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Be Patient Now To Avoid Damaging Soil

Be Patient Now To Avoid Damaging Soil

Soft spots can be prone to excessive compaction.

It's tough to be patient when spring finally comes," says Jeff Hemenway, Natural Resource Conservation Service soil quality specialist in South Dakota.

But it pays to be patient. Applying fertilizer and manure and doing tillage too early can damage soil structure.

"When the surface gets dry, some people think it's okay to get into the field. But, a quick sample with a soil probe will give you some real answers," he says.

Soils in good health will appear darker in color, crumbly, and porous, like chocolate cake. An unhealthy, poorly functioning soil appears lighter in color, may be compacted, or has poor soil structure, and which limits rooting potential and biological activity."

Tillage is touchy. An NRCS soil quality specialist says to be patient. Let the soil dry out completely before doing fieldwork.

"Be aware of the negative things that happen with tillage and especially when soil conditions are too wet," he says.

As the frost continues to come out, it can create soft spots that can be prone to compaction if attempting field passes to apply fertilizer, manure, or tillage.  Tilling in wet conditions can damage soil structure by reducing soil porosity and air and water movement in the soil profile.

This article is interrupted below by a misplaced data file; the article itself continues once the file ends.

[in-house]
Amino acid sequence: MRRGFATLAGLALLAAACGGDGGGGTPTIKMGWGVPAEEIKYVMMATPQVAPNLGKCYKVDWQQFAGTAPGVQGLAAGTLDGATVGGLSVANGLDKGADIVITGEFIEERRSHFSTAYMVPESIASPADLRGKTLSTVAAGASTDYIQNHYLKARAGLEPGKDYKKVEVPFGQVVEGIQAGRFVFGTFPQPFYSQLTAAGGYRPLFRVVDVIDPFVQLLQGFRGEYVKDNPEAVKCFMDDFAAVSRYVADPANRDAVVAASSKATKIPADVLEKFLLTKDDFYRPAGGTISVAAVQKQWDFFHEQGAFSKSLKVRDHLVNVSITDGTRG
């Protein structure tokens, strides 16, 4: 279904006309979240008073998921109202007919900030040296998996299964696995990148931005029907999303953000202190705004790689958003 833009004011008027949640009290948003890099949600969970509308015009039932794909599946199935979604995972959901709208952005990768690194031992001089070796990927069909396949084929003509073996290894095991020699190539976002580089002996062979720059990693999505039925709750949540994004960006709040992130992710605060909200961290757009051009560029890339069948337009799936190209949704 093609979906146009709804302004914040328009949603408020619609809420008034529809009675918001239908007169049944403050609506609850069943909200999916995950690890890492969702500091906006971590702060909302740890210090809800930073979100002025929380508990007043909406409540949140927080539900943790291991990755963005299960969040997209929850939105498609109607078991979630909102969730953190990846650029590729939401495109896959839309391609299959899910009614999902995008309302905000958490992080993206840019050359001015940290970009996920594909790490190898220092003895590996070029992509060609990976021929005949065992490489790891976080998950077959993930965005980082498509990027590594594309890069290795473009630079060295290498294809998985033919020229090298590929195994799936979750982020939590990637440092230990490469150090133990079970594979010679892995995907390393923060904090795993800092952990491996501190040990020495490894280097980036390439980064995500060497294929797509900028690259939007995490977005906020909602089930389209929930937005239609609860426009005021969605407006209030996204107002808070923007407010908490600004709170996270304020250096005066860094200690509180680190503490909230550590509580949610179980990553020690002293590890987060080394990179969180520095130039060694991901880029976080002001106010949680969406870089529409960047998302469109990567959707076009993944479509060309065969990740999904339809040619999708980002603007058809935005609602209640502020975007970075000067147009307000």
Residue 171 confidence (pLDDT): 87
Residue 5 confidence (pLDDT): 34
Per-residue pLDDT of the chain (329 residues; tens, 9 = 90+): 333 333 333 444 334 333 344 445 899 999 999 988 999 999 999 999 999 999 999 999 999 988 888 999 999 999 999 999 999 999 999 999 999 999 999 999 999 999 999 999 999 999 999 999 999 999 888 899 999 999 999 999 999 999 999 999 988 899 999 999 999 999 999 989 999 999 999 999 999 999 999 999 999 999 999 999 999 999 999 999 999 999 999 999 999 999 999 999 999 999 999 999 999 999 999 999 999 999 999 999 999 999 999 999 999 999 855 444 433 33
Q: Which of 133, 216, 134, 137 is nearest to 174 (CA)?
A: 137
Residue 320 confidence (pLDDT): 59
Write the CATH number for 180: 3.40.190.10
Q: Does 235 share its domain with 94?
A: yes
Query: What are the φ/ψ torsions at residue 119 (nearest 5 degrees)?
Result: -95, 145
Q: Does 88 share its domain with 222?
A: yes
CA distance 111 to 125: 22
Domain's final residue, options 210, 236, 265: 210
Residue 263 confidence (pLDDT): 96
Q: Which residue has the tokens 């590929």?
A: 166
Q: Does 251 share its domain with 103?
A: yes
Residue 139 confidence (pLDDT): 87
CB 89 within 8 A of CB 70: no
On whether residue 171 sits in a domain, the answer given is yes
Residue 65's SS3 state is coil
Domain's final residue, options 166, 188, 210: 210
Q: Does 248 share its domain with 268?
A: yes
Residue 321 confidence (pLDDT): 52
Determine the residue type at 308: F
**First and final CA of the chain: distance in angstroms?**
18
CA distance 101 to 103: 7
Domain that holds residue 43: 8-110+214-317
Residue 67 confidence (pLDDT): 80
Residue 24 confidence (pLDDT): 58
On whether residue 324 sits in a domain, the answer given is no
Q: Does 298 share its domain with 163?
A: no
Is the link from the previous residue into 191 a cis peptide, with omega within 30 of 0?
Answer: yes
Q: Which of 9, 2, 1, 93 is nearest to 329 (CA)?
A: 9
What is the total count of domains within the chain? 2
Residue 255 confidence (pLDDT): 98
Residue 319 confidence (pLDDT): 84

Tilling in wet soil is not effective in fracturing compacted soils. In fact, it creates more compaction further limiting water infiltration and creating a soil environment with extremely poor seedbed conditions."

A healthy, fully functioning soil can increase production, increase profits, and protect natural resources. Poor soil conditions can lead to poor development of root systems and other problems later in the season.

"Also, if a fall soil sample wasn't taken, getting a spring soil sample is essential to balance your soil's nutrient needs before planting," says Hemenway. 

To learn more about managing for healthier soil, visit www.nrcs.usda.gov, and click on "Unlock the Secrets in the Soil" or contact the NRCS staff at your local USDA Service Center.

Source: NRCS South Dakota

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